In a recent article, McKinsey proposed a typology of four significant technology trends that will reshape the future of IT and business, each of which resonates in the public sector:
- Innovation at the edge – innovation driven by personal networks around the edge of organisations, enabled by acceleration in the use of hybrid or multicloud management technologies, tools and processes, massive improvements in network speeds and latency, user interactions driven by AI-driven speech, written word or algorithms and low-code platform growth.
- A perpetual learning culture – the proliferation of technology innovations will mean that technology literacy will become core to every role, requiring learning to be continuous and built at the level of individual skills that are deployed at the point of need.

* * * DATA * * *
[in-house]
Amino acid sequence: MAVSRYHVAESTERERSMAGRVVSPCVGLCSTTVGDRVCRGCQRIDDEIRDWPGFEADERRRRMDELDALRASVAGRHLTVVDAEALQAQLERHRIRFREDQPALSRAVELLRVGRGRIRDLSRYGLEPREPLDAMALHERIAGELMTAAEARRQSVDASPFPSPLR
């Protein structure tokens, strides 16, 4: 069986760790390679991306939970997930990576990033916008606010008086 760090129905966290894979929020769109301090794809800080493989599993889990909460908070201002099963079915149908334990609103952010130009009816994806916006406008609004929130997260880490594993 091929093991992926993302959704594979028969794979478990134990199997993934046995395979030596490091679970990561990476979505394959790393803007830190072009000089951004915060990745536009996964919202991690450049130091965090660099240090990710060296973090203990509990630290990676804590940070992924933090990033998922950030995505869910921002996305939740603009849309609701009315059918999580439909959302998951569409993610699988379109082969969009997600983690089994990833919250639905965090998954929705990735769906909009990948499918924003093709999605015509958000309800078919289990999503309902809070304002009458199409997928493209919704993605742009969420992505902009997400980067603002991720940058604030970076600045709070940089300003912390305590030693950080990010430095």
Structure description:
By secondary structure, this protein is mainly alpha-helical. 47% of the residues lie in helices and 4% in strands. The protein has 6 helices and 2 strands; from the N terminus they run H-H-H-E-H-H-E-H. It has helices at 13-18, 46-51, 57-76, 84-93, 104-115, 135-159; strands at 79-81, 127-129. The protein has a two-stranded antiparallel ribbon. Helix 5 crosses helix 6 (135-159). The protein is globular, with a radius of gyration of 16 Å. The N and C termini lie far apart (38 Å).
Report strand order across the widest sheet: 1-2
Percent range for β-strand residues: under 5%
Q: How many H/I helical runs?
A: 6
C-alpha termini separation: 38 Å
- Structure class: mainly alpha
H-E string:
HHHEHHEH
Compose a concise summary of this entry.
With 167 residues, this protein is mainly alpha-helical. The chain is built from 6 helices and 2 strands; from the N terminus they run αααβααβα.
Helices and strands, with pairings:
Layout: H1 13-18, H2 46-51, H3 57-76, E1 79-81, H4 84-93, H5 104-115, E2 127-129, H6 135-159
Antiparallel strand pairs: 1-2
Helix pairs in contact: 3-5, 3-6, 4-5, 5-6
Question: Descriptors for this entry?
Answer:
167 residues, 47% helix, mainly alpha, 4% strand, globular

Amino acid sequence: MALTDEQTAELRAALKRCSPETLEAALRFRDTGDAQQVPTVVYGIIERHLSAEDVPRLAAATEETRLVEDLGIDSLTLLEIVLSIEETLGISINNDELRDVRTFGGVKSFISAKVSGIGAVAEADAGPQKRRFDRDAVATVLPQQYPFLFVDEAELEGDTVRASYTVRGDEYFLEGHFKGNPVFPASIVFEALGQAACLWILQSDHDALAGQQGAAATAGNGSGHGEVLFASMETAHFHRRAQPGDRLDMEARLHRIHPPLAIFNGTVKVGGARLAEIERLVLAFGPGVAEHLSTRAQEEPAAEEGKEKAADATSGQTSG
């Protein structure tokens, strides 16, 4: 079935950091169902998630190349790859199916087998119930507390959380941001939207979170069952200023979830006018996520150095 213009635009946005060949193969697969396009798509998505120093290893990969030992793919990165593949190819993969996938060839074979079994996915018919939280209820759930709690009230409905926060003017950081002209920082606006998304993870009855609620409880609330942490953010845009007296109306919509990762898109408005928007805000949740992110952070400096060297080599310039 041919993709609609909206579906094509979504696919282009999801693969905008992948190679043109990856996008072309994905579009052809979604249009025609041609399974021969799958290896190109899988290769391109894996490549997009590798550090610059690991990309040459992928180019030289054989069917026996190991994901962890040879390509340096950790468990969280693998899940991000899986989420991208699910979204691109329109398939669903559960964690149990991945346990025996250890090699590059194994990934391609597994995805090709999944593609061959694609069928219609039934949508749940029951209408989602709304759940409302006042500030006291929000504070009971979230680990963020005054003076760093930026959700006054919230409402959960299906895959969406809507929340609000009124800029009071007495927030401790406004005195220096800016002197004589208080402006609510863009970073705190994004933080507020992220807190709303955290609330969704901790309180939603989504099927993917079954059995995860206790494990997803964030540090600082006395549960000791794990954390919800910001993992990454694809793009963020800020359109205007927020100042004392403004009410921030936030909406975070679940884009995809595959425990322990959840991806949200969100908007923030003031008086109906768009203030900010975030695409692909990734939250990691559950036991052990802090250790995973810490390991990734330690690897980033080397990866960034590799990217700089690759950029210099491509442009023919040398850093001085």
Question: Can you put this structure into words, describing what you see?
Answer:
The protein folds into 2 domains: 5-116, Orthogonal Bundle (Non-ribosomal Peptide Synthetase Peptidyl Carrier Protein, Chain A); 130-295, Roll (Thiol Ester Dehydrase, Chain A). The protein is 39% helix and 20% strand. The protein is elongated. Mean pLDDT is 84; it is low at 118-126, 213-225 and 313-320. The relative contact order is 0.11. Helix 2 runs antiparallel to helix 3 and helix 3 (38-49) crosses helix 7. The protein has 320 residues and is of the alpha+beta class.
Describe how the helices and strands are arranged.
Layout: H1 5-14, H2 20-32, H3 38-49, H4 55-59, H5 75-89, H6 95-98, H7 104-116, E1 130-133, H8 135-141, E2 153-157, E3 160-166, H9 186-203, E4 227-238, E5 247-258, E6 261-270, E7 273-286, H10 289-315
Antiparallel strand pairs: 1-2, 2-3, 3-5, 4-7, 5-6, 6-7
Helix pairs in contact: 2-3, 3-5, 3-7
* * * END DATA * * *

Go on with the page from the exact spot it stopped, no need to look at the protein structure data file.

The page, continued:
- IT as a service – IT becomes the enabler of product innovation by serving platforms for small, interoperable blocks of code – microservices.
- Expanded trust boundaries – widespread adoption of innovations such as biometric identity verification on smartphones will generate a step change in public anxiety and trust in digital applications.
Our look ahead to 2023 finds much in common with this report, but some subtle differences. While our report does not attempt to give a definitive list of all the technologies that will be used in 2023 by public service organisations, some are implied or central to the digital priorities already listed.
However, six technologies stand out as being high priority for the coming year. In Figure 1, we map the intersection of these technologies onto the typology of trends identified by McKinsey: